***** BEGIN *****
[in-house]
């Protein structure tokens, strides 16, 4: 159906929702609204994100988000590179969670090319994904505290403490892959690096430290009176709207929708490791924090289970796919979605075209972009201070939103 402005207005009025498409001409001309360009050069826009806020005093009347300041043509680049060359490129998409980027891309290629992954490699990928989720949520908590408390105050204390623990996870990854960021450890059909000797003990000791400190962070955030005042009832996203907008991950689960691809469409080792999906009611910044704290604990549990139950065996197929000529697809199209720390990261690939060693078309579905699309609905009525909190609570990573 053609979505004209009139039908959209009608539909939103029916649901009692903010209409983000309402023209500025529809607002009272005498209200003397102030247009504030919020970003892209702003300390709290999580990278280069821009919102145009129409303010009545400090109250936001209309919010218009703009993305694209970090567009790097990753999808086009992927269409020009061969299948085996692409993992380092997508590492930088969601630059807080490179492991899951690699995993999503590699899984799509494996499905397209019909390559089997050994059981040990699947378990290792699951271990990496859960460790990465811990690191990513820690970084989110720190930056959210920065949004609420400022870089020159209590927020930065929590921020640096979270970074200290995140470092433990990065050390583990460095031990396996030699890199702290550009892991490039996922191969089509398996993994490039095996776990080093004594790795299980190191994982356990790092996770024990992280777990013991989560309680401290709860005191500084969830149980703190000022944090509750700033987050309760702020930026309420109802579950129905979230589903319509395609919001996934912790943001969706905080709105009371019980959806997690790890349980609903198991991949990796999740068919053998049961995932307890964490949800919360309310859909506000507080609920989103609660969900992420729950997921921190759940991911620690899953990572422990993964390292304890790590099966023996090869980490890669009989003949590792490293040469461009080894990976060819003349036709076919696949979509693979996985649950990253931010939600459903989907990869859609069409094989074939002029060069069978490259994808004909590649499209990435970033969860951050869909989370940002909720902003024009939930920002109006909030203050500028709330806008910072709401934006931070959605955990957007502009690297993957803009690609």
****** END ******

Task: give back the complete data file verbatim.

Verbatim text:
[in-house]
């Protein structure tokens, strides 16, 4: 159906929702609204994100988000590179969670090319994904505290403490892959690096430290009176709207929708490791924090289970796919979605075209972009201070939103 402005207005009025498409001409001309360009050069826009806020005093009347300041043509680049060359490129998409980027891309290629992954490699990928989720949520908590408390105050204390623990996870990854960021450890059909000797003990000791400190962070955030005042009832996203907008991950689960691809469409080792999906009611910044704290604990549990139950065996197929000529697809199209720390990261690939060693078309579905699309609905009525909190609570990573 053609979505004209009139039908959209009608539909939103029916649901009692903010209409983000309402023209500025529809607002009272005498209200003397102030247009504030919020970003892209702003300390709290999580990278280069821009919102145009129409303010009545400090109250936001209309919010218009703009993305694209970090567009790097990753999808086009992927269409020009061969299948085996692409993992380092997508590492930088969601630059807080490179492991899951690699995993999503590699899984799509494996499905397209019909390559089997050994059981040990699947378990290792699951271990990496859960460790990465811990690191990513820690970084989110720190930056959210920065949004609420400022870089020159209590927020930065929590921020640096979270970074200290995140470092433990990065050390583990460095031990396996030699890199702290550009892991490039996922191969089509398996993994490039095996776990080093004594790795299980190191994982356990790092996770024990992280777990013991989560309680401290709860005191500084969830149980703190000022944090509750700033987050309760702020930026309420109802579950129905979230589903319509395609919001996934912790943001969706905080709105009371019980959806997690790890349980609903198991991949990796999740068919053998049961995932307890964490949800919360309310859909506000507080609920989103609660969900992420729950997921921190759940991911620690899953990572422990993964390292304890790590099966023996090869980490890669009989003949590792490293040469461009080894990976060819003349036709076919696949979509693979996985649950990253931010939600459903989907990869859609069409094989074939002029060069069978490259994808004909590649499209990435970033969860951050869909989370940002909720902003024009939930920002109006909030203050500028709330806008910072709401934006931070959605955990957007502009690297993957803009690609």